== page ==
“It was 80 years ago and yet here the echo of horror still resonates”: Prime Minister Elisabeth Borne takes part in the commemorations of the 80th anniversary of the Vél d’Hiv roundup in Paris , Sunday July 17, before an expected speech by Emmanuel Macron from Pithiviers station (Loiret), in the middle of the afternoon.

At the site of the former velodrome in Paris, “France has delivered more than 13,000 people to torture, hatred, death”, recalled Ms. Borne before members of the representative bodies of the Jewish community in France, as well as several ministers and victims of the roundup. “It is indeed our laws (…), it is indeed our police” who organized and implemented the handing over of Jewish men, women and children to the German occupier, insisted the Prime Minister, referring to , by this roundup, “the transition from a France that protects to a France that betrays itself”.

“Our country had to and must look its history in the face”, also declared the daughter of Joseph Borne, Jewish and resistant, arrested by the Gestapo and then deported to Bunchenwald. “It is not being patriotic to tear up the pages of history that bother us, to hide them or to diminish them,” said Elisabeth Borne, triggering applause in the audience.

Emmanuel Macron must denounce “historical revisionism”

Emmanuel Macron, from a new place of memory in the old station of Pithiviers, from where eight convoys left for Auschwitz-Birkenau, must also denounce, on Sunday, “historical revisionism”, in particular about the role of Marshal Pétain during the Second World War, according to an adviser to the Elysée quoted by Agence France-Presse. From 3:30 p.m., the Head of State will deliver an “offensive speech” against anti-Semitism, which “still lurks and sometimes insidiously”, which is “very worrying”, specified the same source.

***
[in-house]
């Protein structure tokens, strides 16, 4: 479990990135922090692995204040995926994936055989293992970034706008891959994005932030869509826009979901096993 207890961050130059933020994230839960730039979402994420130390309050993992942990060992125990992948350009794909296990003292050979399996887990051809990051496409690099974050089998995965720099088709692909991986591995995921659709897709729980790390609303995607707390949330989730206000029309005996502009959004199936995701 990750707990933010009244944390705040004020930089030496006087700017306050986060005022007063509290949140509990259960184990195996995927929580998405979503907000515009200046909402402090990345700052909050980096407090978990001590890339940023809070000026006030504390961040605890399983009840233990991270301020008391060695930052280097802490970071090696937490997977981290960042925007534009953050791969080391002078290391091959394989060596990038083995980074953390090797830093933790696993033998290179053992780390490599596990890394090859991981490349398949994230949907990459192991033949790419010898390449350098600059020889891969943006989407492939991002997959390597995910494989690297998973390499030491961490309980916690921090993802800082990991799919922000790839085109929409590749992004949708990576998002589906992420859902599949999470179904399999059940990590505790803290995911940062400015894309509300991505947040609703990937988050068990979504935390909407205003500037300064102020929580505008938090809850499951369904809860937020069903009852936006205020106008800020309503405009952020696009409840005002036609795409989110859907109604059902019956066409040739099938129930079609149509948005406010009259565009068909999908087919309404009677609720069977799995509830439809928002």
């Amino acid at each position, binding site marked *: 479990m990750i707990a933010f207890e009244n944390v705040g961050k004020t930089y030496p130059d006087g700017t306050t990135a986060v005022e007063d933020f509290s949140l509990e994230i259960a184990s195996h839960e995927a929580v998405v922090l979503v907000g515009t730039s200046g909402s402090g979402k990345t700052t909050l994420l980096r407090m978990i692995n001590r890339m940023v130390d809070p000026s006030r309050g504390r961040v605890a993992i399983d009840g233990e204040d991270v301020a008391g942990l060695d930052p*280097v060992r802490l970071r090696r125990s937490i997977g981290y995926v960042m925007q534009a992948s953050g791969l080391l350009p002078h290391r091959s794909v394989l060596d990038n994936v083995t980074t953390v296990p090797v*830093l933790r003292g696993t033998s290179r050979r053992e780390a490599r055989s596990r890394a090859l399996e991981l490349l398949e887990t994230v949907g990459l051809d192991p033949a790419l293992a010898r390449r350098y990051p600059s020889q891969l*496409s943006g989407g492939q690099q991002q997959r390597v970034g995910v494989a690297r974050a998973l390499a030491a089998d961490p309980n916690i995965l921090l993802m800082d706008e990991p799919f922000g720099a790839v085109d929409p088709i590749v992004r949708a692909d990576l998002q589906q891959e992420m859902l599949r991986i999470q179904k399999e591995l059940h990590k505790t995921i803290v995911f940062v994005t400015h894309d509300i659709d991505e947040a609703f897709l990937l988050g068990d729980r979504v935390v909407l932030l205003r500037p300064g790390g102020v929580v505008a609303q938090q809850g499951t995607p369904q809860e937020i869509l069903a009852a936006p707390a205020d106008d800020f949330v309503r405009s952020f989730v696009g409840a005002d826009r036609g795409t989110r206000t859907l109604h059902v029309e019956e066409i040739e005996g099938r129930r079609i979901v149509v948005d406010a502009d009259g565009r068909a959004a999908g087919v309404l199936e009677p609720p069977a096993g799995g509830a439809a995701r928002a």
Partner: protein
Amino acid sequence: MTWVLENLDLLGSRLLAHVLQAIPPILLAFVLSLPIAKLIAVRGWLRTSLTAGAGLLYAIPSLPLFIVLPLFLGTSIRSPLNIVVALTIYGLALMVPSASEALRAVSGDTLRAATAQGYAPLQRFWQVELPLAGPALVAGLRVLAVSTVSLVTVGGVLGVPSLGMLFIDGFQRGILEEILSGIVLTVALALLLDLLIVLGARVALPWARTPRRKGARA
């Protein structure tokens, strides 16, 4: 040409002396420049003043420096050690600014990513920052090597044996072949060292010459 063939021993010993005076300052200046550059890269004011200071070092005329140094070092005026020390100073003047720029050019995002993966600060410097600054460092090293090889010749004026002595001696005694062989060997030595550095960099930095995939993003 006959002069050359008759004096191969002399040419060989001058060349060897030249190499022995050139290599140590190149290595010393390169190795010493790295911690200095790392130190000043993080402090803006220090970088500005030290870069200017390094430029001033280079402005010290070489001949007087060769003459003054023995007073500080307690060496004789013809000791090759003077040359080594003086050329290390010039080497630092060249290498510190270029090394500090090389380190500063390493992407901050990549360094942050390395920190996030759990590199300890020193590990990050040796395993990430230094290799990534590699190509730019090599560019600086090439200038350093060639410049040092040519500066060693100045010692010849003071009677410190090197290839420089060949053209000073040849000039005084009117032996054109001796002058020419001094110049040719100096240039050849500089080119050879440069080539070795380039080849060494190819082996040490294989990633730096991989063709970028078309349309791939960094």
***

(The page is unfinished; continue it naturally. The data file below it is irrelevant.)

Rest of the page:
Accompanied by several personalities, including the historian Serge Klarsfeld and the survivor of the camps Ginette Kolinka, Emmanuel Macron is expected in the small Loiret station, a hundred kilometers south of Paris, which has not welcomed any more travelers since the end from the 1960s and which has just been transformed into a museum by the Shoah Memorial.

It was through this station that some of the 13,000 Jews – including 4,115 children – passed through, arrested in Paris and the suburbs on July 16, 1942 and the following days, by 9,000 French officials. More than 8,000 of them, including the elderly and the sick, were taken to the Vélodrome d’Hiver stadium in the 15th arrondissement of Paris. Before being evacuated to the camps of Drancy (Seine-Saint-Denis), Pithiviers and Beaune-la-Rolande (Loiret).

From Pithiviers station alone, eight convoys then left for the extermination camps, representing more than 8,000 deportees, making it the second largest deportation site in France after Drancy. Only a few dozen adults will survive.

In his speech, lasting about twenty minutes, Emmanuel Macron should affirm that “the fight continues” against anti-Semitism, following “the path that President Chirac had traced”. After fifty years of silence from the French authorities, Jacques Chirac had recognized, in 1995, the responsibility of France in the roundup of Vel d’Hiv, in a speech that remained engraved in the memories. “France, that day, accomplished the irreparable,” he said.

In July 2012, François Hollande had gone further by declaring that “this crime was committed in France, by France”. Then in 2017, Emmanuel Macron, newly elected president, reaffirmed France’s responsibility for the 75th anniversary of the roundup and made a plea against anti-Semitism in the presence of Israeli Prime Minister Benjamin Netanyahu.

But today “French society has not finished with anti-Semitism”, underlines the Elysée, also highlighting the “trivialization of debates” around the Vichy regime. Far-right presidential candidate Eric Zemmour (Reconquest!) notably argued that Marshal Pétain had “saved” French Jews during World War II. Elected officials from the National Rally were also invited to Pithiviers, by republican tradition, detailed the Elysée, without specifying whether they would be present.

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